While nearly every agency and section of our embassy worked on health programs, it did not necessarily mean that they were always in sync. I tried to build a sense of a strong team by hosting monthly health-cluster meetings of all agencies, at which we tried to tackle challenges together. But the most effective tool for team-building came when we were offered the opportunity to pilot a new program focused on maternal mortality: Saving Mothers, Giving Life.
U.S. Global Health Initiative Director Lois Quam called me to propose the pilot, but she also offered our team the chance to help shape and guide the effort based on the realities we faced in Zambia. In one of the best team-building experiences I have had as a diplomat, we built cross-agency teams that fostered on-the-ground collaboration between key agencies. The leadership of USAID Mission Director Susan Brems and CDC Director Larry Marum, both M.D.s, set the example for what became a truly collaborative undertaking for the entire embassy. PEPFAR Coordinator Kristie Mikus ensured that this practice of collaboration ricocheted through the rest of the interagency health engagement.
America’s public health programming is a uniquely good story reflecting the generosity and technical virtuosity of the American people. Because our health programming occurred throughout Zambia, it gave me opportunities to travel to remote locations, meet and engage local leaders and, with our creative public diplomacy team, craft a steady stream of positive press.
Our health programs also attracted very high-profile VIP visits. Former President George W. Bush visited three times, including for the December 2011 global launch of the Pink Ribbon Red Ribbon initiative to combat cervical cancer. The PRRR partnership continues to this day as an innovative public-private partnership. Former President Bill Clinton visited Zambia on Clinton Foundation business, while former Millennium Challenge Corporation Chief Executive Officer Daniel Yohannes arrived in May 2012 to sign our MCC compact dedicated to boosting economic productivity by reducing waterborne diseases. Bill Gates monitored Gates Foundation projects, and U.S. Global AIDS Coordinator Deborah Birx came to help refurbish and inaugurate a clinic in Livingstone. Senior congressional staff delegations came to study our maternal and child health programs. Each visit was another opportunity to underline the commitment of the American people to Zambia and the positive outcomes of our joint collaboration on health.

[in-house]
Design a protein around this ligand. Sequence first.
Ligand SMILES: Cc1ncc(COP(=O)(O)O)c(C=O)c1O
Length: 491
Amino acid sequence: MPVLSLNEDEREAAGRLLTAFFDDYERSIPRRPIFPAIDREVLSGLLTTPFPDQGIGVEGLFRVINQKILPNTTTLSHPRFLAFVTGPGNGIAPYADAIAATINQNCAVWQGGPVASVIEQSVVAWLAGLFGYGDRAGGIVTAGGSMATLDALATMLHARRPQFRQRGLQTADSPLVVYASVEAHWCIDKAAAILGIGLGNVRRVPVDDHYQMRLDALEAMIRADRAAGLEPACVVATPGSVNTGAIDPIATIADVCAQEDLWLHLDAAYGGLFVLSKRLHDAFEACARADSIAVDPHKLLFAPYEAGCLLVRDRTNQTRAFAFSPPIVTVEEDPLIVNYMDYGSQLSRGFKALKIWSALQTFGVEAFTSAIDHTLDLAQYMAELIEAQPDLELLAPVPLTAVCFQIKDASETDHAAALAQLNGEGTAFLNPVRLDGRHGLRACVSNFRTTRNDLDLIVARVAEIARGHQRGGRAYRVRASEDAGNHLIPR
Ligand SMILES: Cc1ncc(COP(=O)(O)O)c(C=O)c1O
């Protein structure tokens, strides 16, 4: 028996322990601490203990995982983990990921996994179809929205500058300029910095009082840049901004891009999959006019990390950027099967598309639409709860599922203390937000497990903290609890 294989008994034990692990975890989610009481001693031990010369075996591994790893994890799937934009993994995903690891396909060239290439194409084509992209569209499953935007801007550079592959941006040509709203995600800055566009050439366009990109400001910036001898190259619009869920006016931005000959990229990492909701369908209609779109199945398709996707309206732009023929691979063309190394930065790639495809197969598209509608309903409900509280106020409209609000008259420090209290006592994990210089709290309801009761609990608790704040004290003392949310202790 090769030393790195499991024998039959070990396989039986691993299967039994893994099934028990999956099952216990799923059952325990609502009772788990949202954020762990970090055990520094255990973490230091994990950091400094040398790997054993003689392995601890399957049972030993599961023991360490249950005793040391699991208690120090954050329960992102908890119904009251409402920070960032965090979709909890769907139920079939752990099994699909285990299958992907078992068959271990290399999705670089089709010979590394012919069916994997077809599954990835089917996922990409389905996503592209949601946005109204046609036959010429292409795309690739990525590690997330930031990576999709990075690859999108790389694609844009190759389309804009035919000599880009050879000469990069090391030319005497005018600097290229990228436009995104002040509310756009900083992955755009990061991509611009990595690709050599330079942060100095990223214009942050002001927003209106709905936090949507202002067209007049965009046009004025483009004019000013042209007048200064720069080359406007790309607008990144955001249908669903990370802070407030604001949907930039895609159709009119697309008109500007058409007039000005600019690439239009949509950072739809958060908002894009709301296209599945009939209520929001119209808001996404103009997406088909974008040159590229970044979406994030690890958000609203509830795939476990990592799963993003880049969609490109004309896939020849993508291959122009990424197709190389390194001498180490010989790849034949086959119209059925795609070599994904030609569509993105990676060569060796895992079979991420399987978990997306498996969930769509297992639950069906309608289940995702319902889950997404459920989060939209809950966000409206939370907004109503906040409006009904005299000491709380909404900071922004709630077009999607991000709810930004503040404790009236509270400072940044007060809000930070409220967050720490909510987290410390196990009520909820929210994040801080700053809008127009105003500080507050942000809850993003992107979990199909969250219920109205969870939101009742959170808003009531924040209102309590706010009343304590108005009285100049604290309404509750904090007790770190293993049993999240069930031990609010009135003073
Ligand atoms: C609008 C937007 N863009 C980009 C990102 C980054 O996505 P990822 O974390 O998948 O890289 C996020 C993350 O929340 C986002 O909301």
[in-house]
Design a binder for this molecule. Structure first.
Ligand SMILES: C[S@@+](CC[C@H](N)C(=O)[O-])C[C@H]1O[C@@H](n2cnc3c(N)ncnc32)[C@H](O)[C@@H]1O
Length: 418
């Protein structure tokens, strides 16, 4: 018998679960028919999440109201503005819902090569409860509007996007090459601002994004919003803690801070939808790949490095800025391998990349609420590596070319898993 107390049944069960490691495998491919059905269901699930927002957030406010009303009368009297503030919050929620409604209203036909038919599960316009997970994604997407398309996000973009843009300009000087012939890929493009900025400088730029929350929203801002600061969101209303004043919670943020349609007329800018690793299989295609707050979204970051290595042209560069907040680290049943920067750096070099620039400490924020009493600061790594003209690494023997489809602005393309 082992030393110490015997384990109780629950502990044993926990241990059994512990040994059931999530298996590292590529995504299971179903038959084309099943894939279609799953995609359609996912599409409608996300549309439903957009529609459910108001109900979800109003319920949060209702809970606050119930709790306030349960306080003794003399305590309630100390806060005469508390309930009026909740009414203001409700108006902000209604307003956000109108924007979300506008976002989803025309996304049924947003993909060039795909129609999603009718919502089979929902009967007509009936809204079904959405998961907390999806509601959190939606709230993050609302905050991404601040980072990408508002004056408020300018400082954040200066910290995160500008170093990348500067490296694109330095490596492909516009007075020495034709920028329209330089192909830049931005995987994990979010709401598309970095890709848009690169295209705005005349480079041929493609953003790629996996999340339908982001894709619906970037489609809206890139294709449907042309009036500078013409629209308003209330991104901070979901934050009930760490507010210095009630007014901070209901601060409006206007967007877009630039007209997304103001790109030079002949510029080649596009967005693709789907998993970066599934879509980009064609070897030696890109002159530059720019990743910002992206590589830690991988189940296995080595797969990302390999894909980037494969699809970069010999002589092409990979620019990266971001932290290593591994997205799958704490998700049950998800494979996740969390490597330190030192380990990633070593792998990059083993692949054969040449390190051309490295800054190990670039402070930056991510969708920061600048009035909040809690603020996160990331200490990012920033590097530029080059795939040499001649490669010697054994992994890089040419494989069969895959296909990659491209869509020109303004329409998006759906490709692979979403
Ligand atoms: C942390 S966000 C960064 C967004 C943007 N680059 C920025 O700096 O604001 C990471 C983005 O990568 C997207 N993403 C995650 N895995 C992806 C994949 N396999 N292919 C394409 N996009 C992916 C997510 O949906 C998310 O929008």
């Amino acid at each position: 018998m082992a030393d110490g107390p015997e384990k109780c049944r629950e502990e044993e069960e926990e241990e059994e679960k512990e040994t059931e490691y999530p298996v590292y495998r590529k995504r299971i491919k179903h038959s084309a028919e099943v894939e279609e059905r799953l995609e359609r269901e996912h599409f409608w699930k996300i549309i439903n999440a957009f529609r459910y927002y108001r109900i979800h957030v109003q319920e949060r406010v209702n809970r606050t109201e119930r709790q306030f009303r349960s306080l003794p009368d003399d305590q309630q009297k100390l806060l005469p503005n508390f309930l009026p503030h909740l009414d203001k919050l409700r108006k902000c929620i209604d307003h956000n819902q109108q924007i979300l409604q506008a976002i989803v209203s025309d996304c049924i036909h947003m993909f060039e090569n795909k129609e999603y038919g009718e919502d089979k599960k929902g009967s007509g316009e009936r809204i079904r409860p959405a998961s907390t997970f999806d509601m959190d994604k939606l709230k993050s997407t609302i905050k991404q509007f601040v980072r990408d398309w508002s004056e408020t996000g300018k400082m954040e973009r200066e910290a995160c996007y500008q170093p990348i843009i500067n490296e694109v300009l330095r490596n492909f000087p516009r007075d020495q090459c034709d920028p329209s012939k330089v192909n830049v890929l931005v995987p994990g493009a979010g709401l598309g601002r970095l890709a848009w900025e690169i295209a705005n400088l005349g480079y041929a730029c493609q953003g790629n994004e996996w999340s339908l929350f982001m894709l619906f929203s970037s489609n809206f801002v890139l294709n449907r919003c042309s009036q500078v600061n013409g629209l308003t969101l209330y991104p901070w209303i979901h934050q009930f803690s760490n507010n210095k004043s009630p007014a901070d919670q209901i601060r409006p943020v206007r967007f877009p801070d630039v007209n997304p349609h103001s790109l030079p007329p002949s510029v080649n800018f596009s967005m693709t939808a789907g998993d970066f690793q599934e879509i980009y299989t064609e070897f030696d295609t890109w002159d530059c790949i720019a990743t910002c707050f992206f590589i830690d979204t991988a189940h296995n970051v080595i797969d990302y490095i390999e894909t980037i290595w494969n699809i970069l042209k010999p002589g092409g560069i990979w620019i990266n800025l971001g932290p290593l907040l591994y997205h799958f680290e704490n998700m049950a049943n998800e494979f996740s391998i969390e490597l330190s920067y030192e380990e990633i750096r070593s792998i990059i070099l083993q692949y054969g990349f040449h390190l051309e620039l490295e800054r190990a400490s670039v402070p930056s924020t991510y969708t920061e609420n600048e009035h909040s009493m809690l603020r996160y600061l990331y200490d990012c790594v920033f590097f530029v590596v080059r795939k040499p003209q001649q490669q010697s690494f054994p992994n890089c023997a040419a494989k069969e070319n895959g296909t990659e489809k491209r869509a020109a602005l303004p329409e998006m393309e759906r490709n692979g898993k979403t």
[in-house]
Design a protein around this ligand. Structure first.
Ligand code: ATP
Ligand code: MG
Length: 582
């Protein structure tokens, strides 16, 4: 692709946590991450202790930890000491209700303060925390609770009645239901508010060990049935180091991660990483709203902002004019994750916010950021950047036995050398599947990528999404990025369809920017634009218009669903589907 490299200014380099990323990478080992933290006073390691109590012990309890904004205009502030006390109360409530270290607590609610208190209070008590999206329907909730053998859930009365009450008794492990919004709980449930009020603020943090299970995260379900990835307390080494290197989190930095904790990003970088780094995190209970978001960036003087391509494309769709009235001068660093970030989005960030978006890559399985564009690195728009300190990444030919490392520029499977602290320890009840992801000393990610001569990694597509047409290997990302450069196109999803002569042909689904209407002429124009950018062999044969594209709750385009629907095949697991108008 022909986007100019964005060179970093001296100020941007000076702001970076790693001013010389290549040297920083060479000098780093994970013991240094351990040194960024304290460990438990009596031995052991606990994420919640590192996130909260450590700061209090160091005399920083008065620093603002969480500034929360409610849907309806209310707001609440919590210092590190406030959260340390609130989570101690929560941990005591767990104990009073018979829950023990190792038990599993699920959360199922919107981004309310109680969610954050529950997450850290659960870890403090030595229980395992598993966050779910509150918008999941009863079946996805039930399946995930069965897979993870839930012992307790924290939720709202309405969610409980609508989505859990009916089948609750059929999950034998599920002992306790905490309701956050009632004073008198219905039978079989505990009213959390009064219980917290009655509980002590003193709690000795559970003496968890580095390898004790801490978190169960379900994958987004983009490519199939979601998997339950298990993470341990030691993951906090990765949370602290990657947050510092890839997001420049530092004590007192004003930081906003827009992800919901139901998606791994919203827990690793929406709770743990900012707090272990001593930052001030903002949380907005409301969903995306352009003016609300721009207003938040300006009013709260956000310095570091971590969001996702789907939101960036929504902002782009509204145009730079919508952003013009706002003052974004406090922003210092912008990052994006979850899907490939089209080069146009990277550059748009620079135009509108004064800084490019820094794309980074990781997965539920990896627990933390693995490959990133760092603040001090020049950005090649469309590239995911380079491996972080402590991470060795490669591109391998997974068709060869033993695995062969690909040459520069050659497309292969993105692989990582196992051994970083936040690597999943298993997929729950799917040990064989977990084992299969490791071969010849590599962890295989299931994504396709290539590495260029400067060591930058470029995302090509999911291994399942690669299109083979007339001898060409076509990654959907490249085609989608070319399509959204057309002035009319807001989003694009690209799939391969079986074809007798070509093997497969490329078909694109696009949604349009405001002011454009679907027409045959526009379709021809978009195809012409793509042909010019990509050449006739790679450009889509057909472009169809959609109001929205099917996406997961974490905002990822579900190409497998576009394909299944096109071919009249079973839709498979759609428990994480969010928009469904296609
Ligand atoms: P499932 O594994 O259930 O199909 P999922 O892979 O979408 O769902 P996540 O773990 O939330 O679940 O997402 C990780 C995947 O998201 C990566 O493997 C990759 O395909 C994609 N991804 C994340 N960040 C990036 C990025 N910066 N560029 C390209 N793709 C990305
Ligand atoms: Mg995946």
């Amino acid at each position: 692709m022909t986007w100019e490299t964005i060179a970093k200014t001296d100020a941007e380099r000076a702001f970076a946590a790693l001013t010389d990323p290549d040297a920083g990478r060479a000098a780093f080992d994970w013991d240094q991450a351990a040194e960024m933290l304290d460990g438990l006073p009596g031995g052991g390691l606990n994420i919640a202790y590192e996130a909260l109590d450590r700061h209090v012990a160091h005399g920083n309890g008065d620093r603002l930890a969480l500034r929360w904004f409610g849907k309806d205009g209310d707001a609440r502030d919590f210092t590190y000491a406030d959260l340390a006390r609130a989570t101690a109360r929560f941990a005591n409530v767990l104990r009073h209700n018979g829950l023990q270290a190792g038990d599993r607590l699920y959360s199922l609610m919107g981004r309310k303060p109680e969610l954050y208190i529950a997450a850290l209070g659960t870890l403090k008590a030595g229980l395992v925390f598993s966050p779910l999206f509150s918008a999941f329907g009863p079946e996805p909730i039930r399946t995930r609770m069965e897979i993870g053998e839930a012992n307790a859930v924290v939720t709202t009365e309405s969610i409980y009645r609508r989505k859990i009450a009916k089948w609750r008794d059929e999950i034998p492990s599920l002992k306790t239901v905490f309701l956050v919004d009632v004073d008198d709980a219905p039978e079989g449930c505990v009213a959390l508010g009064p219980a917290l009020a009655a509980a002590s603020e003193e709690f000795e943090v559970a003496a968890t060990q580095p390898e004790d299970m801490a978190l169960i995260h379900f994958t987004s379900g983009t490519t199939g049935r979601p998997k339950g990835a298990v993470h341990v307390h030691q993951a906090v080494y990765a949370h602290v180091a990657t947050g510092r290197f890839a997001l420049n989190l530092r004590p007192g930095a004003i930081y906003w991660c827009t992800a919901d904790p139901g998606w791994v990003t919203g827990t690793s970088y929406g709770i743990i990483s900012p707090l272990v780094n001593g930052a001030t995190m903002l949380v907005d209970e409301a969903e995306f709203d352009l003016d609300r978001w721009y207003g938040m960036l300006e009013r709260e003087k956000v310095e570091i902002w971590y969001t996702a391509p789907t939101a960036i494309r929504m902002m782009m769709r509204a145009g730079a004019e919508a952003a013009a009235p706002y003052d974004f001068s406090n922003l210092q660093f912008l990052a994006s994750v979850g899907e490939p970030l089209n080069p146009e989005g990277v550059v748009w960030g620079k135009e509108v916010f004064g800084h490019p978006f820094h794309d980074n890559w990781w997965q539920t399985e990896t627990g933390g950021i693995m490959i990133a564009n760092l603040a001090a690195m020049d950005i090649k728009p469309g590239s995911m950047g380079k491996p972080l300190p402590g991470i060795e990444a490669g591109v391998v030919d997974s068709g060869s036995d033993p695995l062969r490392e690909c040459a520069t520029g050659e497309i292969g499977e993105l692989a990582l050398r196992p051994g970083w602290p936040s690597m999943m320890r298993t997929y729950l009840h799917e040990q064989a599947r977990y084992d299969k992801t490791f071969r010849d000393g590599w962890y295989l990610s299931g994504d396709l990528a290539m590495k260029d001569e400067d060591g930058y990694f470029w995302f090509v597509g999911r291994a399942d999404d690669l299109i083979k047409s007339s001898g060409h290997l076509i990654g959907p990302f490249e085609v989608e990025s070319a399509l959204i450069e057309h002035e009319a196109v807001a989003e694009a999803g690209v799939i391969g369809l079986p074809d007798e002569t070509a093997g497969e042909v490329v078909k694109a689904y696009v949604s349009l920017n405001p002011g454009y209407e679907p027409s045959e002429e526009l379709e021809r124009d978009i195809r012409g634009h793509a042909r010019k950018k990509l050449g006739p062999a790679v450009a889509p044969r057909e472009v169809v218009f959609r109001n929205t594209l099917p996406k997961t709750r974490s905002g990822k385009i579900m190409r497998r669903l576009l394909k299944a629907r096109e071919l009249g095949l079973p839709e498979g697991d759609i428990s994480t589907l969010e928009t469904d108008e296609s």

Our work in health gave us an entrée with important civil society leaders that strengthened our engagement in sometimes unexpected ways. Zambia’s three main church groups—the Catholics, the Anglicans and the Evangelicals—were and are key partners in fighting HIV. Tribal chiefs invited me to address the House of Chiefs on male circumcision and other HIV prevention techniques. The founding father of the Zambian nation, Kenneth Kaunda, then 86 years old, had emerged as a vocal champion in the fight against AIDS, and we built a strong relationship with this great old gentleman by making common cause on health.
In short, health programming became a flying wedge for greater access among influential people and organizations, with beneficial results. For example, during the hotly contested 2011 elections, the church groups, tribal leaders and Pres. Kaunda all served as strong partners to create conditions for fair elections that heralded a peaceful and democratic change of power.
Heath programming also helped revolutionize bilateral relations. Zambia had long harbored suspicions about engagement with the U.S. military; one Zambian president had, in fact, declared that the U.S. Africa Command would never set a single boot on Zambian soil. U.S. military personnel were not even allowed to inspect health clinics that we funded on Zambian military bases. But as the country’s military leadership came to appreciate the life-saving work U.S. armed forces were doing for their members and their families, a thaw began. In 2013 Zambia hosted Africa Endeavor, AFRICOM’s flagship multilateral exercise on the African continent.